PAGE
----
Drug safety discontinuations in the United Kingdom, the United States, and Spain from 1974 through 1993: a regulatory perspective

Clin Pharmacol Ther. 1995 Jul;58(1):108-17. doi: 10.1016/0009-9236(95)90078-0.


The objective of the present study was to compare the number of new chemical entities (NCEs) and new biologicals entities (NBEs) approved for marketing during the period 1974 through 1993 in the United Kingdom, the United States, and Spain that were subsequently discontinued (removed from the market, withdrawn, or whose license was allowed to lapse) while a question of safety existed. Of the products approved during the two decades of the study period, a total of 29 drugs were subsequently discontinued for safety reasons in at least one of the three countries (United Kingdom: 20 safety discontinuations; United States: 10; and Spain: 16). These represent 3% to 4% of all drugs introduced in these countries, an increase compared to the period from 1964 through 1983, when approximately 2% of all NCEs were discontinued for safety reasons. The therapeutic classes most commonly associated with safety discontinuations were the nonsteroidal anti-inflammatory drugs (nine drugs), vasodilators (four drugs), and antidepressants (three drugs). U.S. companies or their foreign subsidiaries were involved as originators (patent-holders and/or developers) of approximately 40% of the drugs discontinued for safety reasons.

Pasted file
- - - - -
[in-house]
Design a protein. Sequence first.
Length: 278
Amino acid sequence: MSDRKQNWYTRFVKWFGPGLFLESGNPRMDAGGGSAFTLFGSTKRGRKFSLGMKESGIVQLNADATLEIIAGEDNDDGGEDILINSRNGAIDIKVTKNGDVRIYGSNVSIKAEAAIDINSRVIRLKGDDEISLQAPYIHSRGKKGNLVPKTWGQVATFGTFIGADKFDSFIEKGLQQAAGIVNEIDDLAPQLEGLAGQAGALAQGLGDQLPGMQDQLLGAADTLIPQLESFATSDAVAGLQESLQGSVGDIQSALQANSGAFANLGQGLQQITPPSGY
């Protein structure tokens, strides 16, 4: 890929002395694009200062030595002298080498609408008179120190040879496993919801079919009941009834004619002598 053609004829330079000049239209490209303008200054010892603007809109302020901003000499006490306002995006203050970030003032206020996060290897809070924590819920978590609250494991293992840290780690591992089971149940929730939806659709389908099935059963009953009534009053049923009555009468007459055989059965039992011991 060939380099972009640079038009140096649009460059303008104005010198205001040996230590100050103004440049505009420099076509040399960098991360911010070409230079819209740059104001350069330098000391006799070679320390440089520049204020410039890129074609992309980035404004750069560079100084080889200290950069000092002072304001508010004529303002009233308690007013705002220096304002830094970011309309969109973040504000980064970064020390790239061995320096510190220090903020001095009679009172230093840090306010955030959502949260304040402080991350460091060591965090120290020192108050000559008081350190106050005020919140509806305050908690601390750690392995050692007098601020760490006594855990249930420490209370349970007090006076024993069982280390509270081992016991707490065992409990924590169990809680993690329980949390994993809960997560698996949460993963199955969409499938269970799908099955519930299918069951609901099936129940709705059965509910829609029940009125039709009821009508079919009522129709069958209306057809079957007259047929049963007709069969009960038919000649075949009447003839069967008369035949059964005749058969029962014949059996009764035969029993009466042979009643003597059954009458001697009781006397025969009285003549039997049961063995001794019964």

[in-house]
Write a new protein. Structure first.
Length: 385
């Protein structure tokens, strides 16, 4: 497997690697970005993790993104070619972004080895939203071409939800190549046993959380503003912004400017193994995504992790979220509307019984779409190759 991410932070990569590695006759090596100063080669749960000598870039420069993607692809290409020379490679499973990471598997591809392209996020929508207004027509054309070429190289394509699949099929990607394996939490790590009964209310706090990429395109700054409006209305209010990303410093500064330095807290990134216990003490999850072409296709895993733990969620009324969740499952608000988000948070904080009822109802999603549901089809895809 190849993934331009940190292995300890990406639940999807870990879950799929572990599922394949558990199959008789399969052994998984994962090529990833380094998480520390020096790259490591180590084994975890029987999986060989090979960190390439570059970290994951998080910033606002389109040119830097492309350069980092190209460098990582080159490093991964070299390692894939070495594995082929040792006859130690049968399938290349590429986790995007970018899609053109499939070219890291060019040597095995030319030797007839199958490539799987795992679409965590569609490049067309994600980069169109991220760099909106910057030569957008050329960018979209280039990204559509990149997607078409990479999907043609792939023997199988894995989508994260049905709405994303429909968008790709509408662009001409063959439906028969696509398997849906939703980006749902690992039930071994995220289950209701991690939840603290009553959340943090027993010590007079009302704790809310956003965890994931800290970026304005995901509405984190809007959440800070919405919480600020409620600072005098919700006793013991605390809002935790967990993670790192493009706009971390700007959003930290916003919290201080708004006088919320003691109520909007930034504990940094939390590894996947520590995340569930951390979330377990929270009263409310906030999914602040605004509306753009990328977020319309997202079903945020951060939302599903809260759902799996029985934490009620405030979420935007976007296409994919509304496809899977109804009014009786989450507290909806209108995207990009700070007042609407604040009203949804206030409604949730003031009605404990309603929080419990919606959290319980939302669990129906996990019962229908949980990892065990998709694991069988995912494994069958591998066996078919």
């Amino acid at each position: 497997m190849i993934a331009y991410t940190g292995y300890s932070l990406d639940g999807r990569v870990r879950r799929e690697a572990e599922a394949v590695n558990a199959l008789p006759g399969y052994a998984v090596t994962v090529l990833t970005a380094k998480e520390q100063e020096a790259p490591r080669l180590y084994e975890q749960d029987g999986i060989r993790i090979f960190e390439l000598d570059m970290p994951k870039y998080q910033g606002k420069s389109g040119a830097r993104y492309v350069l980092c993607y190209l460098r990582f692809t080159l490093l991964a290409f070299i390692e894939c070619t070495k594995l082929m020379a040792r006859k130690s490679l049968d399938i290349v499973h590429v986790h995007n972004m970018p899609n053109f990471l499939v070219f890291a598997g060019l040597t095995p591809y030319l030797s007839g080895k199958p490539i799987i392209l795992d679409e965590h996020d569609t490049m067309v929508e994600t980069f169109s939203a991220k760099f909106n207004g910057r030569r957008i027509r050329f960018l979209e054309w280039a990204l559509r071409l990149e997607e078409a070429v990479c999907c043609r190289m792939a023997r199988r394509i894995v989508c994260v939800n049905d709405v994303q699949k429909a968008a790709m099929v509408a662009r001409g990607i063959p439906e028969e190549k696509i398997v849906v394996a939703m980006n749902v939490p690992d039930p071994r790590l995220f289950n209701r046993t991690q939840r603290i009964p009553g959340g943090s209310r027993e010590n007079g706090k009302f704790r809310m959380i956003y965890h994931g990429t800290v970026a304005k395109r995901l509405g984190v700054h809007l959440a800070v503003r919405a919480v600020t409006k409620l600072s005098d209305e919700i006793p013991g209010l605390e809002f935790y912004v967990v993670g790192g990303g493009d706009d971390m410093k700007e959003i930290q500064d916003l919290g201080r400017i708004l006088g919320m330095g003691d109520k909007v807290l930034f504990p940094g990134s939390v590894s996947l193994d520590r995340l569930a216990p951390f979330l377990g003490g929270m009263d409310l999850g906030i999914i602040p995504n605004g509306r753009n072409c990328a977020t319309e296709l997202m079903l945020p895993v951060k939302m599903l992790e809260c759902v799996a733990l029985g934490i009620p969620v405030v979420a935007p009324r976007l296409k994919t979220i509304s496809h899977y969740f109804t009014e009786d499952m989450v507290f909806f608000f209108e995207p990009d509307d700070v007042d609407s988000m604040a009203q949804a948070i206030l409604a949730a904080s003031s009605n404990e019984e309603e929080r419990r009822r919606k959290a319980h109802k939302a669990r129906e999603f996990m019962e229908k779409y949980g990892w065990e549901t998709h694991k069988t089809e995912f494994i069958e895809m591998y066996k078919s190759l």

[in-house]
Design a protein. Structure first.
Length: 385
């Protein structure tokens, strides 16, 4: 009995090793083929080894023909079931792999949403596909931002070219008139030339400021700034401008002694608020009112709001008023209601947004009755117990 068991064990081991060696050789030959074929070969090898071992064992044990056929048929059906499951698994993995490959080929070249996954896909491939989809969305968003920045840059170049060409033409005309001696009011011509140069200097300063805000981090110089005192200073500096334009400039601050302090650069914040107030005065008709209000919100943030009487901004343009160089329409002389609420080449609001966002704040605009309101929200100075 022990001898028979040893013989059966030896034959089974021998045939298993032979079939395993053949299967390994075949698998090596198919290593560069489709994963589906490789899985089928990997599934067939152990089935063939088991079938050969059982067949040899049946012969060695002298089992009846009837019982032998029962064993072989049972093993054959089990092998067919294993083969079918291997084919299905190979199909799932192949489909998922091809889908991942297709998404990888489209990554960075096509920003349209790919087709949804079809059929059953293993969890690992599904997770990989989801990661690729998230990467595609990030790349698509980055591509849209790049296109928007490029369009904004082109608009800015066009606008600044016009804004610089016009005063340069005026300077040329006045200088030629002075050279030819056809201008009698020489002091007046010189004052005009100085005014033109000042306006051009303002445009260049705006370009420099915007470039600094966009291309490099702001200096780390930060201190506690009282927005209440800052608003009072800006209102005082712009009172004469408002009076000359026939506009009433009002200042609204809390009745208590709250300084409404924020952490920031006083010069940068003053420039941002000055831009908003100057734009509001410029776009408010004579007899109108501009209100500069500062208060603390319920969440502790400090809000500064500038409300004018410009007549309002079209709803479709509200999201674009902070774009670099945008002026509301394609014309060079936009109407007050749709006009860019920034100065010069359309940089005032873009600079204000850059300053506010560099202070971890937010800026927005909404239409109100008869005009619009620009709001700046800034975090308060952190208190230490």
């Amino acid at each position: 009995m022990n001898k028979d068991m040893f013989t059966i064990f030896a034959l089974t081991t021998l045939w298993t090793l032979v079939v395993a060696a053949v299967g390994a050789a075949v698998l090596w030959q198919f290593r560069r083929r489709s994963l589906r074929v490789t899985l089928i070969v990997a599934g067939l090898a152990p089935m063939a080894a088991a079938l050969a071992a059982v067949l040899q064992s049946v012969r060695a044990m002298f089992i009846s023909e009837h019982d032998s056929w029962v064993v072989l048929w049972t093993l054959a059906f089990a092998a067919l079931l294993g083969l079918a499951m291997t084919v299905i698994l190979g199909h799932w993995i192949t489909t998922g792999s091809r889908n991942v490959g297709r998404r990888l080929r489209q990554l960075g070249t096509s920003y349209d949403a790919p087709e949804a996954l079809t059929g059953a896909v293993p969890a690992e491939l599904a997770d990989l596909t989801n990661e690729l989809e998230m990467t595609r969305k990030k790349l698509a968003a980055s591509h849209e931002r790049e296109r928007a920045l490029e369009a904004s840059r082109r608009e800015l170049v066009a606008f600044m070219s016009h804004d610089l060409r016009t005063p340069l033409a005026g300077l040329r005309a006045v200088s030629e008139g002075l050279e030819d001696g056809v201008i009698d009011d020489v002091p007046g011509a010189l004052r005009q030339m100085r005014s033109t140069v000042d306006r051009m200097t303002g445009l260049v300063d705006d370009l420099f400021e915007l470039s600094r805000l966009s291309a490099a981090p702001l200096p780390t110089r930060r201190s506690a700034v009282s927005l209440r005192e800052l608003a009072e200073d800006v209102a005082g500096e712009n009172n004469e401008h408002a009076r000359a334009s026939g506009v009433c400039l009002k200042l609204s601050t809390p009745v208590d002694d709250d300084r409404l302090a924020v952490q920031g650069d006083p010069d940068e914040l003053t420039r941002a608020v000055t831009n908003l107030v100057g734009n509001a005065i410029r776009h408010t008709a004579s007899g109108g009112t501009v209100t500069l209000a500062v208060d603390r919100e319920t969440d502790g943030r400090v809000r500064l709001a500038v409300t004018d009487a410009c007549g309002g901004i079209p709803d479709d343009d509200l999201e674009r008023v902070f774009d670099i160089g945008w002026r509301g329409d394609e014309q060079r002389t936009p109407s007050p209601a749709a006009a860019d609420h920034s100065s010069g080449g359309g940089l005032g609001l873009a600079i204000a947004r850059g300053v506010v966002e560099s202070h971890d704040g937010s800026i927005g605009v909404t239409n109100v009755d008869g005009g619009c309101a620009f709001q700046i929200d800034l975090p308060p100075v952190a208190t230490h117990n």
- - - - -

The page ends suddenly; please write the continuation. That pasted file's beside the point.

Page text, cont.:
Publication types

  • Comparative Study
  • Research Support, Non-U.S. Gov't

MeSH terms

  • Animals
  • Anti-Inflammatory Agents, Non-Steroidal / adverse effects
  • Drug Approval / statistics & numerical data*
  • Drug and Narcotic Control*
  • Drug-Related Side Effects and Adverse Reactions*
  • Humans
  • Retrospective Studies
  • Spain
  • United Kingdom
  • United States


  • Anti-Inflammatory Agents, Non-Steroidal